Transporting Bitumen – Your Complete Guide

Bitumen is a material that may not be as well known as other materials but plays a crucial role in the construction of the modern world.

It’s a material that requires delicate handling and must be transported in a certain fashion, otherwise, huge issues can occur.

Nonetheless, bitumen is transported safely worldwide, and Suttons Group plays a key role in the bulk transfer of bitumen across the UK.

This article will give a deep insight into what is involved with the transfer of bitumen in terms of road tanker logistics.

What is Bitumen and What is it Used For?

Bitumen, is a key component of asphalt and is a highly viscous and thick, black or dark brown hydrocarbon substance derived from the processing of crude oil. 

It is a versatile material with a wide range of applications in various industries. 

Bitumen is most commonly known for its use in road construction, where it serves as the binding agent in asphalt pavement.

Its adhesive and waterproofing properties make it an excellent choice for paving roads, highways, and airport runways. 

Beyond road construction, bitumen finds application in roofing materials, waterproofing products, and as a sealant for various purposes. 

It is used in the manufacturing of various industrial products, such as adhesives, paints, and as a component in the production of automotive and industrial lubricants. 

Bitumen’s durability and resistance to environmental factors make it a crucial component in the modern construction and infrastructure sectors.

There are also other types of Bitumen that will include additives which change its properties so it can be used for other purposes.

A great example of this is polymer-modified bitumen (PMB).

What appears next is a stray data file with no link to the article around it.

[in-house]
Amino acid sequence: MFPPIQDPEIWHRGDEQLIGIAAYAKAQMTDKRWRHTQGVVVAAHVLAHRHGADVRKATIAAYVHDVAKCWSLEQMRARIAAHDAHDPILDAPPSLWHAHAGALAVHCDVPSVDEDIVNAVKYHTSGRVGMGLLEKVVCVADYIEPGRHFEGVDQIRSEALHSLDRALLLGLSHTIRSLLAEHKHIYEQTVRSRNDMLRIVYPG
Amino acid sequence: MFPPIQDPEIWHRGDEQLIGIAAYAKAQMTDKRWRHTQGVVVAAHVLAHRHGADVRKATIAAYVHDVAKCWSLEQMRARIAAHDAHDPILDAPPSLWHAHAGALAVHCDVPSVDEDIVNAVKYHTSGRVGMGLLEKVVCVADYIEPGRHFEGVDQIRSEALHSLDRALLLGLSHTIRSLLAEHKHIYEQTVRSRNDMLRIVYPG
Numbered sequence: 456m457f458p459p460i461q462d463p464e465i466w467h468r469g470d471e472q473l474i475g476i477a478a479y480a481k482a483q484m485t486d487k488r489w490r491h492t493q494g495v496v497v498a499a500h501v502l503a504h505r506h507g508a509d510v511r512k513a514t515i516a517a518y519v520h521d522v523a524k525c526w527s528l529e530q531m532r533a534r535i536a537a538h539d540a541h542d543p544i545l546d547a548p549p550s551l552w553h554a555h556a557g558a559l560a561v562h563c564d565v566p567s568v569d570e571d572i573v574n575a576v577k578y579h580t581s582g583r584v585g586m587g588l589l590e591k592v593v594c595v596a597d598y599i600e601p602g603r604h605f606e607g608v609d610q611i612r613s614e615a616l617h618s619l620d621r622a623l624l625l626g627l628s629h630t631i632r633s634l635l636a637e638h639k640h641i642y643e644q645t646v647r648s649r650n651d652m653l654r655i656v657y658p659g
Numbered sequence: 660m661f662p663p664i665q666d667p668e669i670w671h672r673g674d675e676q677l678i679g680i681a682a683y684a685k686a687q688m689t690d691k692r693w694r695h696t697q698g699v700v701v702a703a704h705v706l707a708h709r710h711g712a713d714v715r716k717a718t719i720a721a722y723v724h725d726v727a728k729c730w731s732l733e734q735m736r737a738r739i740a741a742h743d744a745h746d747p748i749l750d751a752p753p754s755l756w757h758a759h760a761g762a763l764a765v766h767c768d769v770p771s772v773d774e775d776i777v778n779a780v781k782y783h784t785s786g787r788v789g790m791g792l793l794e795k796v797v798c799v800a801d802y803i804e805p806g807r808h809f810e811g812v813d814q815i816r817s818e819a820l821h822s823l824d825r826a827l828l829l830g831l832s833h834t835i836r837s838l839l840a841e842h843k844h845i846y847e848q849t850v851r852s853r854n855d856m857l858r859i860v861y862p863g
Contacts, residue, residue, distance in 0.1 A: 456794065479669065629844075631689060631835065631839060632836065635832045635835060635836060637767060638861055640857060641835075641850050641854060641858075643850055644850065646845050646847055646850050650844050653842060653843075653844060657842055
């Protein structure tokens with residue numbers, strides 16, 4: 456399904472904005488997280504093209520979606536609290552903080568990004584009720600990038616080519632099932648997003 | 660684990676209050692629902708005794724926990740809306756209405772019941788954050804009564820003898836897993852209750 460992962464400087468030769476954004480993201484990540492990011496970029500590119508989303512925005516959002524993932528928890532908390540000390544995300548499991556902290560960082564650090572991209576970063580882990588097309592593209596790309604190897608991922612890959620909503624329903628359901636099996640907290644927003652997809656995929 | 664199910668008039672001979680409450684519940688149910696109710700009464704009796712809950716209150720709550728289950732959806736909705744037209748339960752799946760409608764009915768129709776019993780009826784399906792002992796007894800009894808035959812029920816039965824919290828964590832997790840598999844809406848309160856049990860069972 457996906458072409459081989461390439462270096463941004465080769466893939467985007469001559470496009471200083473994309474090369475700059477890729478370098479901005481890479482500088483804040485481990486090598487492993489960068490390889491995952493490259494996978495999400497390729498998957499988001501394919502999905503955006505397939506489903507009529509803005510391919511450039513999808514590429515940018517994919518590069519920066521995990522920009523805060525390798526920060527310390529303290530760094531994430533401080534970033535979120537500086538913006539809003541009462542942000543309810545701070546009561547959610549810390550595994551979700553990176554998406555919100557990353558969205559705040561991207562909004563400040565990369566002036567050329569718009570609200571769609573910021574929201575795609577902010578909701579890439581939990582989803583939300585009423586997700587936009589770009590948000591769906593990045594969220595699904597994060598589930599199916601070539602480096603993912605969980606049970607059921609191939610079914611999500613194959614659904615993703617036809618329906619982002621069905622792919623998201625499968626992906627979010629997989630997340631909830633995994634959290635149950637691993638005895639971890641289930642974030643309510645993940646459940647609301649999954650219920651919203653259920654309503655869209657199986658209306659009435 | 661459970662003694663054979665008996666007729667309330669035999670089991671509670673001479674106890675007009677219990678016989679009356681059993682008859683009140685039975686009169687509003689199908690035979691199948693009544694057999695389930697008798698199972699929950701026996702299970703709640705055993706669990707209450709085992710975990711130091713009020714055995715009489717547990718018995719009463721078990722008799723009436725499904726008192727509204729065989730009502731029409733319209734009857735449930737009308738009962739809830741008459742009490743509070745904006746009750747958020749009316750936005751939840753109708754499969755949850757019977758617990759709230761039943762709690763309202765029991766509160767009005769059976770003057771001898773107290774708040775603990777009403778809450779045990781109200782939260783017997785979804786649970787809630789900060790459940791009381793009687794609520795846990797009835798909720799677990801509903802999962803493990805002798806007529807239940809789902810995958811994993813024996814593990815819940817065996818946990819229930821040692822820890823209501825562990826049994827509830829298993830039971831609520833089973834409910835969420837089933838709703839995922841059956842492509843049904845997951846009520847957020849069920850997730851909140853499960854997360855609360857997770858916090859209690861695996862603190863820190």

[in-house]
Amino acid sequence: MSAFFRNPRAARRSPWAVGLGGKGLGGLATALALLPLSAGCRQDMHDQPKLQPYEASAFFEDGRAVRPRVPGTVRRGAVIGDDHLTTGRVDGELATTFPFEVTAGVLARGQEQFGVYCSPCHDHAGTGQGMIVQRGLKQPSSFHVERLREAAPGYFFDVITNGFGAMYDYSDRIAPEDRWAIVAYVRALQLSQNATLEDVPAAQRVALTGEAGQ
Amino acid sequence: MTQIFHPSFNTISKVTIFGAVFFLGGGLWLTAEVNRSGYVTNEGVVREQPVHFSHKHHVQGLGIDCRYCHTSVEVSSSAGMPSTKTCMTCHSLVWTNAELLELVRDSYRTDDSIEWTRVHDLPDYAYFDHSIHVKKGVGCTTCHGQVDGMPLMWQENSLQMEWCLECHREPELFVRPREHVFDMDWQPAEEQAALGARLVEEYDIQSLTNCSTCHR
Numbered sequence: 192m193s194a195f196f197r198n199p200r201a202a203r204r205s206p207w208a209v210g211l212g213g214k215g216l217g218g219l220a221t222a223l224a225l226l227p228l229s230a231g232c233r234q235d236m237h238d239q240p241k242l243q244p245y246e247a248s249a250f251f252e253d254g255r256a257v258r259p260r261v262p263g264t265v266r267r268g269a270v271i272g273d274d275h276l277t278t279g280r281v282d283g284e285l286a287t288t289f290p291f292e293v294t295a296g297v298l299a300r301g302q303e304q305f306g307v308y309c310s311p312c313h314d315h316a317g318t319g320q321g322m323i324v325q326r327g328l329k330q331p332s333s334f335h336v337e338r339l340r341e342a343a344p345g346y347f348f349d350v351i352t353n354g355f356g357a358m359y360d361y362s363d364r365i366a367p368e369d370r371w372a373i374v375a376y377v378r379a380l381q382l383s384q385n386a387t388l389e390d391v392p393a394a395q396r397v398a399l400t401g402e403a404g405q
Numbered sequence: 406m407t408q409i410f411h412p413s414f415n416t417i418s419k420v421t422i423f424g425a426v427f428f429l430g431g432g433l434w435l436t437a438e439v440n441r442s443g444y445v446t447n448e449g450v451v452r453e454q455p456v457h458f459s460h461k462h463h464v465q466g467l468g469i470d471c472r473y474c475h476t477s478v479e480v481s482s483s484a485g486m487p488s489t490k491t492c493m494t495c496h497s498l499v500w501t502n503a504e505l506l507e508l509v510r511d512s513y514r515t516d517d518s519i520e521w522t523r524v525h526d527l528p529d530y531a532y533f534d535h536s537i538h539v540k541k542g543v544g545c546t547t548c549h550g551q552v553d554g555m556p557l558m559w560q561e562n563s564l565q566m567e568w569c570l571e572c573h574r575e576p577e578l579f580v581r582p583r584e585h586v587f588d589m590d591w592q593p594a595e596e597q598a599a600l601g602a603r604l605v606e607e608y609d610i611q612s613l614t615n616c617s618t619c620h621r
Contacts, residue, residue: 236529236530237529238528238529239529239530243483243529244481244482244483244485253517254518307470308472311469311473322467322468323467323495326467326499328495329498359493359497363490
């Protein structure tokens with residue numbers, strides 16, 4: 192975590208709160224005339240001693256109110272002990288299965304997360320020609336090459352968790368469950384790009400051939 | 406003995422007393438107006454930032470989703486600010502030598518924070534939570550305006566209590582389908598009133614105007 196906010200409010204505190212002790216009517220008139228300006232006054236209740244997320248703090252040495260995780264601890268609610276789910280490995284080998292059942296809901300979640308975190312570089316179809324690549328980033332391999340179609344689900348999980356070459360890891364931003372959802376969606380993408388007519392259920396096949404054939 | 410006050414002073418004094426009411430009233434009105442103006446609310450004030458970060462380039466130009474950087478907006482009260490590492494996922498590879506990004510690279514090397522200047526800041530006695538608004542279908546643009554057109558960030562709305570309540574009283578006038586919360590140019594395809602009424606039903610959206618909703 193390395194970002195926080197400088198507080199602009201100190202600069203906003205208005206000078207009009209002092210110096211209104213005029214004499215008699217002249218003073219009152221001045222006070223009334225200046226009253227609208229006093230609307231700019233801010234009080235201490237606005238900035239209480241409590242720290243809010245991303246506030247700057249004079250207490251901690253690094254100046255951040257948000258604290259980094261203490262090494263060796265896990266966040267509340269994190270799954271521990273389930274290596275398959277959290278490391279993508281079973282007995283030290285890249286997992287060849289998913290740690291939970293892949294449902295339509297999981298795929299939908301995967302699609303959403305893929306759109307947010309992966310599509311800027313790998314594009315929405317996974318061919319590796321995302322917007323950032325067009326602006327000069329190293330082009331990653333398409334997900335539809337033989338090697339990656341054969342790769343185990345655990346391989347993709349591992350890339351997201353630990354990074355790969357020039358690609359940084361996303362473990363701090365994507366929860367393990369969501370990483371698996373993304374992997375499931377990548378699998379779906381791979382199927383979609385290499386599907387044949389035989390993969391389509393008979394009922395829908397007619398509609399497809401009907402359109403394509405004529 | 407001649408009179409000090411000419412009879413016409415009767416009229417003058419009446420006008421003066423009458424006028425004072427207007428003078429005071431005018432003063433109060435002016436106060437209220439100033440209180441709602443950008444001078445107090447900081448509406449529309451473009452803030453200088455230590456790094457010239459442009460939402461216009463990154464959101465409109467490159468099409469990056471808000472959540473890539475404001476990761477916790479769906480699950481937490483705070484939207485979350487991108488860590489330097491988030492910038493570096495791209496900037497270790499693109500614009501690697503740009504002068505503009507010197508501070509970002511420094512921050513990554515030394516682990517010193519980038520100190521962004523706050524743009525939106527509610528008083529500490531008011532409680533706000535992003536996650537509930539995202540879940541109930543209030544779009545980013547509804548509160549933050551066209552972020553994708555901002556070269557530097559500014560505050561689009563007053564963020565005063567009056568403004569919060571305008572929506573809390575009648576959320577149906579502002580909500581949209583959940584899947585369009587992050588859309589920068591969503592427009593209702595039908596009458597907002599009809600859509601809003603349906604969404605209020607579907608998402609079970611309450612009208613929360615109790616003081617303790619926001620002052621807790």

PMB is a type of bitumen that has been modified with polymers to enhance its properties and performance. 

The modification of bitumen with polymers involves the addition of polymer compounds to improve its elasticity, durability, temperature resistance, and other desirable characteristics. 

The polymers used in this process can include styrene-butadiene-styrene (SBS) and others. 

PMB is used in the construction of pavements that will be subject to heavy-duty traffic and extreme weather conditions such as bus lanes and airport runways

Why Bitumen Should be Transported at High Temperatures

bitumen tankers in the sun

Maintaining bitumen at high temperatures (around 140 – 220 degrees) ensures its fluidity, as this substance tends to solidify at lower temperatures, hindering its flow and causing handling difficulties. 

The elevated temperature facilitates the efficient pumping and transportation of bitumen through pipelines and tankers, reducing the risk of blockages and ensuring a smooth and continuous flow. 

Higher temperatures help to decrease the viscosity of bitumen, making it easier to handle during loading and unloading processes. 

The increased fluidity also aids in achieving uniform and consistent application when bitumen is used in road construction and various industrial processes. 

What is Involved with Transporting Bitumen?

bitumen tanker

Here’s a guide on what’s involved during the transportation of bitumen:

Transportation Containers

Bitumen is typically transported in specially designed containers or tanker trucks that can maintain high temperatures. 

These containers are equipped with insulation and heating systems to keep the bitumen in a liquid state.

It’s not uncommon for these containers to be transported from ferry terminals if they are coming from outside of the UK.

They are also equipped to be sent around on railway networks and collected by trucks once they reach their destination.

Temperature Control

Bitumen’s viscosity decreases as temperature rises. Therefore, maintaining the correct temperature is crucial for its transport. 

The usable properties of bitumen are lost when it gets below a certain temperature which only further cements the importance of temperature control.